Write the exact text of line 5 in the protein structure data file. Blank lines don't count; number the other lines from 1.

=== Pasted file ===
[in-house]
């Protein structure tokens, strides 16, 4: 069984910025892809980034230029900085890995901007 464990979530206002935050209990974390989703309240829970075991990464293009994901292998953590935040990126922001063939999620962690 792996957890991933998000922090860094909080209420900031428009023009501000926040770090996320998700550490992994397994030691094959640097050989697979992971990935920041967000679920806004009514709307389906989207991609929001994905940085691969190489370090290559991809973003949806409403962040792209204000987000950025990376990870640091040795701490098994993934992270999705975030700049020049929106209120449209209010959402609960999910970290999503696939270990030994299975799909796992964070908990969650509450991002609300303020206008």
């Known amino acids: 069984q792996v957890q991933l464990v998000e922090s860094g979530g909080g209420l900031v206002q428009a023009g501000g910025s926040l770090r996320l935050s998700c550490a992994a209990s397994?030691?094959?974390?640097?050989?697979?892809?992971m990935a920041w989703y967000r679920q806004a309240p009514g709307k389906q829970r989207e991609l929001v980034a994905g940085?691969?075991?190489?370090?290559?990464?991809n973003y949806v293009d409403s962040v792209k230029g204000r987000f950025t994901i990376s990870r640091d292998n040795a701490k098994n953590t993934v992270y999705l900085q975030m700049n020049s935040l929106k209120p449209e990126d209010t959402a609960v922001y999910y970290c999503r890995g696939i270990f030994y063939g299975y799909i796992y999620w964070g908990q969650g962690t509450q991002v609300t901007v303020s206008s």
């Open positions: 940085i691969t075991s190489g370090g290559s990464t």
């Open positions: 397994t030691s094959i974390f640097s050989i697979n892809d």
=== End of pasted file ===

């Open positions: 397994t030691s094959i974390f640097s050989i697979n892809d």